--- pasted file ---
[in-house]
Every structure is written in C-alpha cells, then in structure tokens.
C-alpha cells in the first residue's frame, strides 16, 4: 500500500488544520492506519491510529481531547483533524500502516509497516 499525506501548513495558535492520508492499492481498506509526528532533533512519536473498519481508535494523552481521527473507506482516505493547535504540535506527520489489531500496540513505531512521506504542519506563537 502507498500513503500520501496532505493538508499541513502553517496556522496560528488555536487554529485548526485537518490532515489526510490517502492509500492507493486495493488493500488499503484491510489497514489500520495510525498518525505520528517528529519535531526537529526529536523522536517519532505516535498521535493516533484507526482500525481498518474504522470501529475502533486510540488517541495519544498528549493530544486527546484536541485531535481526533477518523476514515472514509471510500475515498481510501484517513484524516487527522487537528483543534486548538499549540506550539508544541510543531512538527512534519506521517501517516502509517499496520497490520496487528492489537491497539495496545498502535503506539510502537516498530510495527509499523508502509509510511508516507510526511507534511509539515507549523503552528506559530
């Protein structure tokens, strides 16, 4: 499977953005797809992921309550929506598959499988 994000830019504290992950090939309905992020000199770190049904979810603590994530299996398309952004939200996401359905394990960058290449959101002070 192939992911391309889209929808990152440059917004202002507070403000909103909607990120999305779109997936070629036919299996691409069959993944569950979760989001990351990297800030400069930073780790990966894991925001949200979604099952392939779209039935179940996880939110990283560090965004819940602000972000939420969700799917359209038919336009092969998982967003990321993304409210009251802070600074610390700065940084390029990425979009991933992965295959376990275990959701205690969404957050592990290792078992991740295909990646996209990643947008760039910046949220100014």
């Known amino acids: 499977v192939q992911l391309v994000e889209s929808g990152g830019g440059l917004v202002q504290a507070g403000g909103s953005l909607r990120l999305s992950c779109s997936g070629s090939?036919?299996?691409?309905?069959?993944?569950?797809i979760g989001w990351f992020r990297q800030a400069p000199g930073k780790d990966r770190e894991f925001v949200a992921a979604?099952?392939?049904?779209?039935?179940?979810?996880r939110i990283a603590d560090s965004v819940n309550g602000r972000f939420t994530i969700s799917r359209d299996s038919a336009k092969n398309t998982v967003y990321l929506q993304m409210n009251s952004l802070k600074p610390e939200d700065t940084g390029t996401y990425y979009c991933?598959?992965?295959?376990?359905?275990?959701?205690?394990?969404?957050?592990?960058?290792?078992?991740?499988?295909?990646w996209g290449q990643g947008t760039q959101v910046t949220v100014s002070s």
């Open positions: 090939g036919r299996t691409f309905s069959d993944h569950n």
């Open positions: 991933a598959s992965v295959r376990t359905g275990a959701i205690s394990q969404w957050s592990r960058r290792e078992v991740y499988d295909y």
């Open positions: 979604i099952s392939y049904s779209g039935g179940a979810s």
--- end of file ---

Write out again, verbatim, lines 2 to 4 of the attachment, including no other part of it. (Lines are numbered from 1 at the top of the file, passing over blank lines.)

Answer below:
Every structure is written in C-alpha cells, then in structure tokens.
C-alpha cells in the first residue's frame, strides 16, 4: 500500500488544520492506519491510529481531547483533524500502516509497516 499525506501548513495558535492520508492499492481498506509526528532533533512519536473498519481508535494523552481521527473507506482516505493547535504540535506527520489489531500496540513505531512521506504542519506563537 502507498500513503500520501496532505493538508499541513502553517496556522496560528488555536487554529485548526485537518490532515489526510490517502492509500492507493486495493488493500488499503484491510489497514489500520495510525498518525505520528517528529519535531526537529526529536523522536517519532505516535498521535493516533484507526482500525481498518474504522470501529475502533486510540488517541495519544498528549493530544486527546484536541485531535481526533477518523476514515472514509471510500475515498481510501484517513484524516487527522487537528483543534486548538499549540506550539508544541510543531512538527512534519506521517501517516502509517499496520497490520496487528492489537491497539495496545498502535503506539510502537516498530510495527509499523508502509509510511508516507510526511507534511509539515507549523503552528506559530
């Protein structure tokens, strides 16, 4: 499977953005797809992921309550929506598959499988 994000830019504290992950090939309905992020000199770190049904979810603590994530299996398309952004939200996401359905394990960058290449959101002070 192939992911391309889209929808990152440059917004202002507070403000909103909607990120999305779109997936070629036919299996691409069959993944569950979760989001990351990297800030400069930073780790990966894991925001949200979604099952392939779209039935179940996880939110990283560090965004819940602000972000939420969700799917359209038919336009092969998982967003990321993304409210009251802070600074610390700065940084390029990425979009991933992965295959376990275990959701205690969404957050592990290792078992991740295909990646996209990643947008760039910046949220100014």